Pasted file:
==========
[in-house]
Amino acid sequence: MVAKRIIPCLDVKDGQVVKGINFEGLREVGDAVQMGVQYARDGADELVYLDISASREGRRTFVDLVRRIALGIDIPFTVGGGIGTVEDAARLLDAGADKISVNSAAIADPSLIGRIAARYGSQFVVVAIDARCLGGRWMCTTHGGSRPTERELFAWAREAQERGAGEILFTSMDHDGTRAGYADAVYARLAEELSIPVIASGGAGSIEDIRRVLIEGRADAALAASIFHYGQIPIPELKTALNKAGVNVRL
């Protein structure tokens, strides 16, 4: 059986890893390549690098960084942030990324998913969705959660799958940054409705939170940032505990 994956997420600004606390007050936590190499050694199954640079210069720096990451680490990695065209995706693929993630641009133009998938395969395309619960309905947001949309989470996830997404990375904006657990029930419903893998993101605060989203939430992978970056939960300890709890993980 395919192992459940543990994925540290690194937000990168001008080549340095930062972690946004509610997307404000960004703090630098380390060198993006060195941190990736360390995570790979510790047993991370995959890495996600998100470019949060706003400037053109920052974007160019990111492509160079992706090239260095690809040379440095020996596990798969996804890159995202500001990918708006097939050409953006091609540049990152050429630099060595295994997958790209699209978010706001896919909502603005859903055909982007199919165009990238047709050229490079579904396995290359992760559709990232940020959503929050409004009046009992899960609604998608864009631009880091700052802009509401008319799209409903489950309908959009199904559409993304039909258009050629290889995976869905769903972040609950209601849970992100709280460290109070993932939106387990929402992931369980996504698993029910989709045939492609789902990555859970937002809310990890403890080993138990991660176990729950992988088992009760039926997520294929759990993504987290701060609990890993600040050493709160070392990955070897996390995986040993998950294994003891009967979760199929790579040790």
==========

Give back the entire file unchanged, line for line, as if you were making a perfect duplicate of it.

[in-house]
Amino acid sequence: MVAKRIIPCLDVKDGQVVKGINFEGLREVGDAVQMGVQYARDGADELVYLDISASREGRRTFVDLVRRIALGIDIPFTVGGGIGTVEDAARLLDAGADKISVNSAAIADPSLIGRIAARYGSQFVVVAIDARCLGGRWMCTTHGGSRPTERELFAWAREAQERGAGEILFTSMDHDGTRAGYADAVYARLAEELSIPVIASGGAGSIEDIRRVLIEGRADAALAASIFHYGQIPIPELKTALNKAGVNVRL
């Protein structure tokens, strides 16, 4: 059986890893390549690098960084942030990324998913969705959660799958940054409705939170940032505990 994956997420600004606390007050936590190499050694199954640079210069720096990451680490990695065209995706693929993630641009133009998938395969395309619960309905947001949309989470996830997404990375904006657990029930419903893998993101605060989203939430992978970056939960300890709890993980 395919192992459940543990994925540290690194937000990168001008080549340095930062972690946004509610997307404000960004703090630098380390060198993006060195941190990736360390995570790979510790047993991370995959890495996600998100470019949060706003400037053109920052974007160019990111492509160079992706090239260095690809040379440095020996596990798969996804890159995202500001990918708006097939050409953006091609540049990152050429630099060595295994997958790209699209978010706001896919909502603005859903055909982007199919165009990238047709050229490079579904396995290359992760559709990232940020959503929050409004009046009992899960609604998608864009631009880091700052802009509401008319799209409903489950309908959009199904559409993304039909258009050629290889995976869905769903972040609950209601849970992100709280460290109070993932939106387990929402992931369980996504698993029910989709045939492609789902990555859970937002809310990890403890080993138990991660176990729950992988088992009760039926997520294929759990993504987290701060609990890993600040050493709160070392990955070897996390995986040993998950294994003891009967979760199929790579040790």